Life isn’t a Garden of Eden, and life’s choices are rarely signposted like the tree of good and evil. The genius of the Bible is not an absolute moral code, but the situational ethic of the Sermon on the Mount, where you are encouraged to act in a way that is most loving in your context.
Belief or Experience?
Recently I spoke to a group of College students about belief in God. The focus of their syllabus had been morality, so that was where the conversation veered. Many in the group felt that belief in God was a necessity for moral grounding. I stated my case that the choice as to whether you believe in God or not may be a philosophical cul-de-sac. The more fruitful conversation might be around experience rather than belief.
Consider the example of a red rose. On one extreme, someone might believe a red rose is literally love. On the other extreme, someone might believe a red rose is not love, and therefore love does not exist! The massive grey zone in between evokes an experience of the red rose as part of the artistry of love. The experience of beauty fills you with wonder, and it draws out of you a powerful urge to share love with others. This is what many people speak of as an experience of God.
Where is Morality Grounded?
The church has often tried to scare the hell out of people. The focus doesn’t have to be fear based. It can be grounded in love and service. Maybe this is why many religious traditions measure morality by how you treat you “neighbor”. The neighbor is intentionally undefined. It is whoever enters your consciousness in a given moment. Images such as neighbor and red rose offer a grounding for morality as they draw your attention away from self and onto a beauty that passes complete rational understanding. You might even say that you recognize what many call God in your neighbor or a red rose.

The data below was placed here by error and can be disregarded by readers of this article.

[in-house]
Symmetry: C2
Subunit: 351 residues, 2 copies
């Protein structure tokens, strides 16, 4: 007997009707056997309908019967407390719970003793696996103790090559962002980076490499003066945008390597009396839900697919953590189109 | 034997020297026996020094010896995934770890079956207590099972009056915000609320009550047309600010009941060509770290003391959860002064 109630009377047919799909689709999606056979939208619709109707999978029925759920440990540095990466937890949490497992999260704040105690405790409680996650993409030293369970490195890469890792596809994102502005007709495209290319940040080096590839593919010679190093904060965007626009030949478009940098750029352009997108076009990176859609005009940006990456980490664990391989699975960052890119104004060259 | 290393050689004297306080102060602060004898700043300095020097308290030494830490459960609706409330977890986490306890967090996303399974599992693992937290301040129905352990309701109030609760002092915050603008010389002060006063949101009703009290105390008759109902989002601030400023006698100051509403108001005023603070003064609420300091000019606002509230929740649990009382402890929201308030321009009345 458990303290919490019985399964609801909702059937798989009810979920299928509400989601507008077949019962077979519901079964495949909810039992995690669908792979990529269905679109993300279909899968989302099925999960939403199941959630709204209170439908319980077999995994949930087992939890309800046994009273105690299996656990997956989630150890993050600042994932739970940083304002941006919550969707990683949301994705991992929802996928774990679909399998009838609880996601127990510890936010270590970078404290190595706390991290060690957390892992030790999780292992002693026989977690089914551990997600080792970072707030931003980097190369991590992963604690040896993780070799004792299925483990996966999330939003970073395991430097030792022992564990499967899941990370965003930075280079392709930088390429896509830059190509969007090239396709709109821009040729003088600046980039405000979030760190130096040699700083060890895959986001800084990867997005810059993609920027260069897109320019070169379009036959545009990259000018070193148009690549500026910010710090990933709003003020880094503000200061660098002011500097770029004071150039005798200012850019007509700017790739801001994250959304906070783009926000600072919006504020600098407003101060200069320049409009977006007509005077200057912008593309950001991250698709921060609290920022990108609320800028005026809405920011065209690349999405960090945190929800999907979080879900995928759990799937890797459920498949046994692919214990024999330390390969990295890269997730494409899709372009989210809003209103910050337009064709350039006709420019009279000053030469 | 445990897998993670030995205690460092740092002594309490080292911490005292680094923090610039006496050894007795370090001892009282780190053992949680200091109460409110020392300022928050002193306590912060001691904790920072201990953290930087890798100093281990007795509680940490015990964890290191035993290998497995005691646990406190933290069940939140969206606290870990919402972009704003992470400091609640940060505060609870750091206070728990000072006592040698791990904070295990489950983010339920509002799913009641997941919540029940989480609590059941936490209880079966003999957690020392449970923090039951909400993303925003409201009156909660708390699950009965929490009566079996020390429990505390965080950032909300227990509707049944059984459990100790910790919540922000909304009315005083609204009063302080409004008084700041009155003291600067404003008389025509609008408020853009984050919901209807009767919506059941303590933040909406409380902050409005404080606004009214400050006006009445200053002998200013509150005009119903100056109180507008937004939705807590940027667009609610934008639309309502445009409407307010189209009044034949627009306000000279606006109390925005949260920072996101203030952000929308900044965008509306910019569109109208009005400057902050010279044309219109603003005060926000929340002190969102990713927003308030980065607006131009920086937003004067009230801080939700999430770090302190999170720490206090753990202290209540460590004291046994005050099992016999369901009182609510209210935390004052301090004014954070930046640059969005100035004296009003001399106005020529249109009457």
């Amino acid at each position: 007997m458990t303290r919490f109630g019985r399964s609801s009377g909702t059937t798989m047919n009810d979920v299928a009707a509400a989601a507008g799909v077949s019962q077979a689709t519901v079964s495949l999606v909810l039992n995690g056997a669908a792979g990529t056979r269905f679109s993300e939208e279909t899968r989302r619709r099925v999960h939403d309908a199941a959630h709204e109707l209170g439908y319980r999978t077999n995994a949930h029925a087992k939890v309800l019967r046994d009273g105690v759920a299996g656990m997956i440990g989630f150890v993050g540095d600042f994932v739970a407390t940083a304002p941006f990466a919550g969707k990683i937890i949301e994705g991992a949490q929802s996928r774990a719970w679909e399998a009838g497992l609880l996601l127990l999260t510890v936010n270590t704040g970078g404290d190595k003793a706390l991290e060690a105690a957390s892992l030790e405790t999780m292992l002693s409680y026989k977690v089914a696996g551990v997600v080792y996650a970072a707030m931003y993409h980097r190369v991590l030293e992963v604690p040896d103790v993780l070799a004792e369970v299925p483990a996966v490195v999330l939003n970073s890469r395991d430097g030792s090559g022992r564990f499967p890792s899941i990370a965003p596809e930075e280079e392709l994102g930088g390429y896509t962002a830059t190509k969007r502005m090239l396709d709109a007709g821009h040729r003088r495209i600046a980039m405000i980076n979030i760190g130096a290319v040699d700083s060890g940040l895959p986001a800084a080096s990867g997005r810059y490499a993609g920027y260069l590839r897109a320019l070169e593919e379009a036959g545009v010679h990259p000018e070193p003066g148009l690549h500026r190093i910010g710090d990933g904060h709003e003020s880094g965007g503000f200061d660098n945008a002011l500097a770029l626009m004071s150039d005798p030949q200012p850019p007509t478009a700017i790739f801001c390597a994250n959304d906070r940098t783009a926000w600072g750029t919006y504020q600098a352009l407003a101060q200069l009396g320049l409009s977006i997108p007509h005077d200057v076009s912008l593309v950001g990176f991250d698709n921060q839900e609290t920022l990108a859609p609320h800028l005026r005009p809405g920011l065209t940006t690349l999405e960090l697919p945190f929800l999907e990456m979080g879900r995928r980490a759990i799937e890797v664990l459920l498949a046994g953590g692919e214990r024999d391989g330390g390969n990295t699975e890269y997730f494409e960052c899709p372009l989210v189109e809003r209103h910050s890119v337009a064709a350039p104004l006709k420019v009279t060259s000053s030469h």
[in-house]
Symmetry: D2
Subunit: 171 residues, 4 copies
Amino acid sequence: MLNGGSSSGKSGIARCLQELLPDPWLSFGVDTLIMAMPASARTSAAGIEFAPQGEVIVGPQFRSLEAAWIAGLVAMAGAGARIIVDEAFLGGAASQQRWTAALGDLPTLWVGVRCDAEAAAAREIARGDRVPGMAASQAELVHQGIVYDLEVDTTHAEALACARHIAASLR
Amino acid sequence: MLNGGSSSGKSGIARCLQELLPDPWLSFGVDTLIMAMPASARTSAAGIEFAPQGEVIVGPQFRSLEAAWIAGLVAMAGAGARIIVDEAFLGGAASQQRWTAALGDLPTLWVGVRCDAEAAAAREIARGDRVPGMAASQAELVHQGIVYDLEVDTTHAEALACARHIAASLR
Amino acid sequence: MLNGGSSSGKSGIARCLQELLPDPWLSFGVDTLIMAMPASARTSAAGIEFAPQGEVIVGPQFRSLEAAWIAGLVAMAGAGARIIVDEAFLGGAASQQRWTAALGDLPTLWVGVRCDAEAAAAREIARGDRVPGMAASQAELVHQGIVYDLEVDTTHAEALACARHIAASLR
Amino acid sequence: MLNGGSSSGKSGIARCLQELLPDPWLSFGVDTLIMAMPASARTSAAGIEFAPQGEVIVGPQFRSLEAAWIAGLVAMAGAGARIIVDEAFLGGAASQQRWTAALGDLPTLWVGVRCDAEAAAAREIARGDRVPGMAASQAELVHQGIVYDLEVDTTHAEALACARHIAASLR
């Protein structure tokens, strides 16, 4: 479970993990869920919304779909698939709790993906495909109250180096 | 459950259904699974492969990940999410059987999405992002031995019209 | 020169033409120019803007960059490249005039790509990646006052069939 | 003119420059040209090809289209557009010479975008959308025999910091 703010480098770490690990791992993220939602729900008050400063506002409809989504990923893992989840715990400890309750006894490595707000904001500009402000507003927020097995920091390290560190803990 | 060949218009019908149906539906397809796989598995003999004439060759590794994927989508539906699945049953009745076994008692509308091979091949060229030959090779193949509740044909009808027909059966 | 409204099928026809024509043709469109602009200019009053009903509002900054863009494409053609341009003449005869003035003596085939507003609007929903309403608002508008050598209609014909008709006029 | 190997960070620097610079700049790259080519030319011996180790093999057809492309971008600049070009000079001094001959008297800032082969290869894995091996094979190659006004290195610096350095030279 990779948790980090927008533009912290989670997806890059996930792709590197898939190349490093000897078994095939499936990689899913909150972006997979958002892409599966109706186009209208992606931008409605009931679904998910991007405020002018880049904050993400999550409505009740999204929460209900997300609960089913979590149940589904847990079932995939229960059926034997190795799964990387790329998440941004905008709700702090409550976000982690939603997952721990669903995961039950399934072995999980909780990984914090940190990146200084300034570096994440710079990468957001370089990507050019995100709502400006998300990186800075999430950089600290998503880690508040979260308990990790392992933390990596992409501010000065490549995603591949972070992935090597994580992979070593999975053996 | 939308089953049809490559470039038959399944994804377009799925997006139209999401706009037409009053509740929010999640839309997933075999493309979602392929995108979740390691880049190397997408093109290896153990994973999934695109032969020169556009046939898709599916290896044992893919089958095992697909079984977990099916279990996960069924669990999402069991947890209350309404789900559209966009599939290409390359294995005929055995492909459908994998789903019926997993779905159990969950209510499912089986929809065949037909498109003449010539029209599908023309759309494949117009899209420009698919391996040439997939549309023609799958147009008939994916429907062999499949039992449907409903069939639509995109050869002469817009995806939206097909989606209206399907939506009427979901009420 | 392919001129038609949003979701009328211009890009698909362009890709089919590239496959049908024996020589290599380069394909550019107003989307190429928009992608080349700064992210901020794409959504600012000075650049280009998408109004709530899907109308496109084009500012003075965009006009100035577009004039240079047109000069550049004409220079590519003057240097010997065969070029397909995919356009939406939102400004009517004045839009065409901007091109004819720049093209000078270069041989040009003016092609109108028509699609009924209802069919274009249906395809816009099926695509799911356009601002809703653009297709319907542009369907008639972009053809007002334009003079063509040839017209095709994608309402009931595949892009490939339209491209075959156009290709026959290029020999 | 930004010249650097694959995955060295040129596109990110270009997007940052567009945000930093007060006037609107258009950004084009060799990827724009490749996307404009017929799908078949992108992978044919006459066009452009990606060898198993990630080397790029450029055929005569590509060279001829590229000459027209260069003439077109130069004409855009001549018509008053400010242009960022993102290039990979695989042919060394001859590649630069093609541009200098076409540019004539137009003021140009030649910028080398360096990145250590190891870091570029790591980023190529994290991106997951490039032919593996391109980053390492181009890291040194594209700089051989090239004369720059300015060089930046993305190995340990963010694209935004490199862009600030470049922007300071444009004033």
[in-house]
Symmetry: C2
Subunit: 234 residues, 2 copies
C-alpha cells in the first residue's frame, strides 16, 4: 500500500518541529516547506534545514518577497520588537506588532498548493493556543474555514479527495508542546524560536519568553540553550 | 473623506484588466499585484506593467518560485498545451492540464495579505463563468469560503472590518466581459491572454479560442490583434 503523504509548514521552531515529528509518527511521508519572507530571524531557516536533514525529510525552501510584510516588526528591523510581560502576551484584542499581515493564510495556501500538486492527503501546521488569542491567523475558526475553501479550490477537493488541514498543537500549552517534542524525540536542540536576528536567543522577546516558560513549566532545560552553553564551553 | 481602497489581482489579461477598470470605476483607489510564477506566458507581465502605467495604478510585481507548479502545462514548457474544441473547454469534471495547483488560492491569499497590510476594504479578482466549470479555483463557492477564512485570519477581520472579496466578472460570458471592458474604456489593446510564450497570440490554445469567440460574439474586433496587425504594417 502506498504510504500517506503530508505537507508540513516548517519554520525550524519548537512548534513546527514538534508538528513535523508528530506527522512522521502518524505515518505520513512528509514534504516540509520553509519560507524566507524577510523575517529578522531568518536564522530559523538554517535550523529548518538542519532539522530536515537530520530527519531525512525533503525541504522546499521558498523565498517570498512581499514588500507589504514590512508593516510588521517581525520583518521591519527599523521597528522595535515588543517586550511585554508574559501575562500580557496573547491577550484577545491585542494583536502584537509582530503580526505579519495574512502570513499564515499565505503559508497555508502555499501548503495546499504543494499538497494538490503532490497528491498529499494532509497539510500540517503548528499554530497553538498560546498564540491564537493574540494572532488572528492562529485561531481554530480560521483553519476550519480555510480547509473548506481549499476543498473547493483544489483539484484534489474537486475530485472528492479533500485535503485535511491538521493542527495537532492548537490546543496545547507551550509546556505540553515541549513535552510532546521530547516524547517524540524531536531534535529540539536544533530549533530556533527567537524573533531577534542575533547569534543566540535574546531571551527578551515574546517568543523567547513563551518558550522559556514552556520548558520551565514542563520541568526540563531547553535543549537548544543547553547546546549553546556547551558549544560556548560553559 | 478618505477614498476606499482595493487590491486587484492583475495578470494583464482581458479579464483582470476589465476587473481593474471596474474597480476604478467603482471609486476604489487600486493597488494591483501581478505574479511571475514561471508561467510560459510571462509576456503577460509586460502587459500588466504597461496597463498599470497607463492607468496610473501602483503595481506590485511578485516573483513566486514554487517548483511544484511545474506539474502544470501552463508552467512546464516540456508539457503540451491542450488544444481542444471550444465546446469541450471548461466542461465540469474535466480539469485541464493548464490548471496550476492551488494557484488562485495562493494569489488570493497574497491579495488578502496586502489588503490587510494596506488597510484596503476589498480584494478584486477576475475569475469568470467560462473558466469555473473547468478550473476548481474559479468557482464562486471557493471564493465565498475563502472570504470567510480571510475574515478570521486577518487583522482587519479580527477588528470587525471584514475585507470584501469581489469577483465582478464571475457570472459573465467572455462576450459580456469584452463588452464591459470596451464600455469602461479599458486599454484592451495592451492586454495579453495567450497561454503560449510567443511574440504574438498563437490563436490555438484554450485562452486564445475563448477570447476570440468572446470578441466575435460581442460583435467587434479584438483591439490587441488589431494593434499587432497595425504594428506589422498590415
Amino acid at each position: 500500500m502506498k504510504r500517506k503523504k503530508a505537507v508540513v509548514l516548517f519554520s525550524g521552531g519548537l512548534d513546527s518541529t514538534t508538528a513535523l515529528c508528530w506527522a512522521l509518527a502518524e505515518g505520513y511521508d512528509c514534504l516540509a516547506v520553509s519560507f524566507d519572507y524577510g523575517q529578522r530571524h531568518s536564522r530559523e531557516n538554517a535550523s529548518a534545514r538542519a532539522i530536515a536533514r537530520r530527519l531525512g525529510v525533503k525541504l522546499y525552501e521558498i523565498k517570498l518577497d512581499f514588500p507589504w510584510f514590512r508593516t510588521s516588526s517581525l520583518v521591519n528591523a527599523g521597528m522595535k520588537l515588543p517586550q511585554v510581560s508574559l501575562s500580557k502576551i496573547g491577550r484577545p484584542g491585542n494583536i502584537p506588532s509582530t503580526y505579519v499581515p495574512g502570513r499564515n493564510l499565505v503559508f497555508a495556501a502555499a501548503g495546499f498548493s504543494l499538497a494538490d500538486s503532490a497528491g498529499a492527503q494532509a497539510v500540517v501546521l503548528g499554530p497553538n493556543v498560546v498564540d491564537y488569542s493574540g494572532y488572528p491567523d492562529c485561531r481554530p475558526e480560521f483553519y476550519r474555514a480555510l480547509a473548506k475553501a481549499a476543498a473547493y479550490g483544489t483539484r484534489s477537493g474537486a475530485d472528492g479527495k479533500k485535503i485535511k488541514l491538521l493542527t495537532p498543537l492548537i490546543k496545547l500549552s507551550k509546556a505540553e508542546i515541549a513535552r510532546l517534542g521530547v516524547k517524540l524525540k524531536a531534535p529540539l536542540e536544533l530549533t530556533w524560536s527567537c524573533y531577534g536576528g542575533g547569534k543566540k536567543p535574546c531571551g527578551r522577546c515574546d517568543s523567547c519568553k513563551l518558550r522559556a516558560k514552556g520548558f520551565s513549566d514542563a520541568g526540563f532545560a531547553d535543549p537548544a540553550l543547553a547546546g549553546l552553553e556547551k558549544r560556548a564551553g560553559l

I heard a story that captures beautifully the notion of grounding morality in a common focus. On a beach in the Galapagos Islands there is a barrel which has been used as a mailbox for over a century, originally by sailors and now by tourists. Many who visit the beach leave an addressed post card or letter in the barrel, and then take mail out of the barrel to send on a gradual journey to its destination.
The mail system has its own unwritten code of decency. There are no rules posted on the barrel, no mail box commandments. There are no punishments for non participation and no material rewards for participation. Most tourists will never return to the mailbox, and no one is checking anyway. The mailbox survives, decade after decade, and almost every visitor leaves a letter and forwards another one. The mailbox succeeds because it appeals to people’s sense of global community. People WANT to participate in the process and feel a part of it. It is the idea of the mailbox which creates the desire for cooperation.
Maybe that’s part of what it means to recognize God; whether in neighbor or mailbox, red rose or philanthropic foundation. You recognize within yourself a desire to be part of something larger than yourself. You recognize in something outside of yourself a wonderful connection.
So as you continue on your own process of cosmetic belief surgery, how will you measure your new look? Is God recognizable in your life and actions? As Mary Oliver said, “You don’t have to be good. You only have to let the soft animal of your body love what it loves.” May you know the incredible joy of loving and serving your neighbor, and may your life be one of the ways that the world becomes a more decent place.